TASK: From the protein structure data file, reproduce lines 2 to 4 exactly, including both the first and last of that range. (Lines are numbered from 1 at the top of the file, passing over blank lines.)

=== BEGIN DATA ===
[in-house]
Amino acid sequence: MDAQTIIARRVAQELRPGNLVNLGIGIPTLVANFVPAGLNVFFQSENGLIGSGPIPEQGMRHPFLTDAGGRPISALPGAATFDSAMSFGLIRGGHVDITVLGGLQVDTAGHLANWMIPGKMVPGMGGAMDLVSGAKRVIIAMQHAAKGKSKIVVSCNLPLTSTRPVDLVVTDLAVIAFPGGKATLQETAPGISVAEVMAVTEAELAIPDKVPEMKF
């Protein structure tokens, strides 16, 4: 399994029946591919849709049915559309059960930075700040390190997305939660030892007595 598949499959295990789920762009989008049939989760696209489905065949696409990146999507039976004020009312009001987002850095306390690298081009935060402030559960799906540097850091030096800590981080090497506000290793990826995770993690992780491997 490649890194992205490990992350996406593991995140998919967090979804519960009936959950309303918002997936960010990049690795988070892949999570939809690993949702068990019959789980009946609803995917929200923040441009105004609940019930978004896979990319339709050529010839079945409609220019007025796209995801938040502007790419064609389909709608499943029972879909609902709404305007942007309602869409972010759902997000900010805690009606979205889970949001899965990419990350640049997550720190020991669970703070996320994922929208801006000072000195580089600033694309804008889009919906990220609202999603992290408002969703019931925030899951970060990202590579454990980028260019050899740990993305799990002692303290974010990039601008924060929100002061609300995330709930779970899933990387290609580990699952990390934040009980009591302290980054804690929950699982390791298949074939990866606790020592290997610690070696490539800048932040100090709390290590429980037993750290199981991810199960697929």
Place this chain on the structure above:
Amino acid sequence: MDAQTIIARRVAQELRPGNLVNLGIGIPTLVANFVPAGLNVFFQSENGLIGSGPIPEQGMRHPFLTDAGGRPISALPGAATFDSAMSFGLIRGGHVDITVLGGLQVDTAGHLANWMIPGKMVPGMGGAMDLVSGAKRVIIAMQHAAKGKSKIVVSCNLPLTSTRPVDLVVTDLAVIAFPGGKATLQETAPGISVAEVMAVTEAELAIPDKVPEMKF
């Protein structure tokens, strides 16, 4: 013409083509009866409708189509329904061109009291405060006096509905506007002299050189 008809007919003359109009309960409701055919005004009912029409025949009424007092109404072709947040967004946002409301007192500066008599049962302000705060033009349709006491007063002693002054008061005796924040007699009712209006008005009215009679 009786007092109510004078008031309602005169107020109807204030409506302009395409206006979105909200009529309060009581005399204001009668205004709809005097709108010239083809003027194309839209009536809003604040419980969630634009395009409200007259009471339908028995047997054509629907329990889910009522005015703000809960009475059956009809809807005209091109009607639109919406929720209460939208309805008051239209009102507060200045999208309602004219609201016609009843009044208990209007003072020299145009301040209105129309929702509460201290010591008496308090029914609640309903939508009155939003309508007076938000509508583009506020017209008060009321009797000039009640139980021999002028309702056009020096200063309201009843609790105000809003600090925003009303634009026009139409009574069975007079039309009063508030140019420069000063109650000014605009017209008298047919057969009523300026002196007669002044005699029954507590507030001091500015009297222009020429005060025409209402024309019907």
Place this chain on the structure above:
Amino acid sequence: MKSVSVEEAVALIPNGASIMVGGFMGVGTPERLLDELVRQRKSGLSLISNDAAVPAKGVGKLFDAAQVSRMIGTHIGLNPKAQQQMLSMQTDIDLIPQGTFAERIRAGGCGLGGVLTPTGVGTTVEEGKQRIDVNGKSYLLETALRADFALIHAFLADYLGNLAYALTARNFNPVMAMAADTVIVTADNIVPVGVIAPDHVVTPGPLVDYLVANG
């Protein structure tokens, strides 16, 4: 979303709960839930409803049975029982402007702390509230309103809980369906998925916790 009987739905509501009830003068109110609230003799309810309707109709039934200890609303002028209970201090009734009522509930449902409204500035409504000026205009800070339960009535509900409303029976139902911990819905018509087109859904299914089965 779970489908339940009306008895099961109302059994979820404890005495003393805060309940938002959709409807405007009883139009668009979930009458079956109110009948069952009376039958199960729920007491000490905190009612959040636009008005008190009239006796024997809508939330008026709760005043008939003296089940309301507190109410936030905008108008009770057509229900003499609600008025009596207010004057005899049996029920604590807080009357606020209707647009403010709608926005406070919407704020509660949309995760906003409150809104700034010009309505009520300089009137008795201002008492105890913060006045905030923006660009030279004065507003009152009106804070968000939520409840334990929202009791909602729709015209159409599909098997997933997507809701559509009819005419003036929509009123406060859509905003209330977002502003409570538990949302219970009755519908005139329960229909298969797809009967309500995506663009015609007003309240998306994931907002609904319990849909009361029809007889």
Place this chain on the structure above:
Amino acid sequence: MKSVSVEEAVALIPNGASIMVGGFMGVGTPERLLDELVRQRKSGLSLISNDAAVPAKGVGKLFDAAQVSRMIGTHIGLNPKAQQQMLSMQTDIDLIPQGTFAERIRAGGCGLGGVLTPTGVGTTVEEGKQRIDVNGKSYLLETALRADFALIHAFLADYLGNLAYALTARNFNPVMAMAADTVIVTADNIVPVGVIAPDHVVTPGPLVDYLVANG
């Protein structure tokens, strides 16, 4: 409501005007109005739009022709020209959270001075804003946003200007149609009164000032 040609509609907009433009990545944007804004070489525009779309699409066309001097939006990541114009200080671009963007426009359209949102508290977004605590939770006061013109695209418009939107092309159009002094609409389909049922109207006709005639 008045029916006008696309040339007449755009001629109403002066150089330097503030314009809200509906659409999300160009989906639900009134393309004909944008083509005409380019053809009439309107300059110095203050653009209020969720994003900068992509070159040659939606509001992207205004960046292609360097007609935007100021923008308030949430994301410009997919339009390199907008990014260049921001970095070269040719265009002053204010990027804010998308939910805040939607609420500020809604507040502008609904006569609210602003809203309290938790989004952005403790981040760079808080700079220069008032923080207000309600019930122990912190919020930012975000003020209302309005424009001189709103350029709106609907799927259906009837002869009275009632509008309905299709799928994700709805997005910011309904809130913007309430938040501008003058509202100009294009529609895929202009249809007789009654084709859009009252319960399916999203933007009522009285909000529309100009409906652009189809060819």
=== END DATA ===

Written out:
Amino acid sequence: MDAQTIIARRVAQELRPGNLVNLGIGIPTLVANFVPAGLNVFFQSENGLIGSGPIPEQGMRHPFLTDAGGRPISALPGAATFDSAMSFGLIRGGHVDITVLGGLQVDTAGHLANWMIPGKMVPGMGGAMDLVSGAKRVIIAMQHAAKGKSKIVVSCNLPLTSTRPVDLVVTDLAVIAFPGGKATLQETAPGISVAEVMAVTEAELAIPDKVPEMKF
């Protein structure tokens, strides 16, 4: 399994029946591919849709049915559309059960930075700040390190997305939660030892007595 598949499959295990789920762009989008049939989760696209489905065949696409990146999507039976004020009312009001987002850095306390690298081009935060402030559960799906540097850091030096800590981080090497506000290793990826995770993690992780491997 490649890194992205490990992350996406593991995140998919967090979804519960009936959950309303918002997936960010990049690795988070892949999570939809690993949702068990019959789980009946609803995917929200923040441009105004609940019930978004896979990319339709050529010839079945409609220019007025796209995801938040502007790419064609389909709608499943029972879909609902709404305007942007309602869409972010759902997000900010805690009606979205889970949001899965990419990350640049997550720190020991669970703070996320994922929208801006000072000195580089600033694309804008889009919906990220609202999603992290408002969703019931925030899951970060990202590579454990980028260019050899740990993305799990002692303290974010990039601008924060929100002061609300995330709930779970899933990387290609580990699952990390934040009980009591302290980054804690929950699982390791298949074939990866606790020592290997610690070696490539800048932040100090709390290590429980037993750290199981991810199960697929």
Place this chain on the structure above: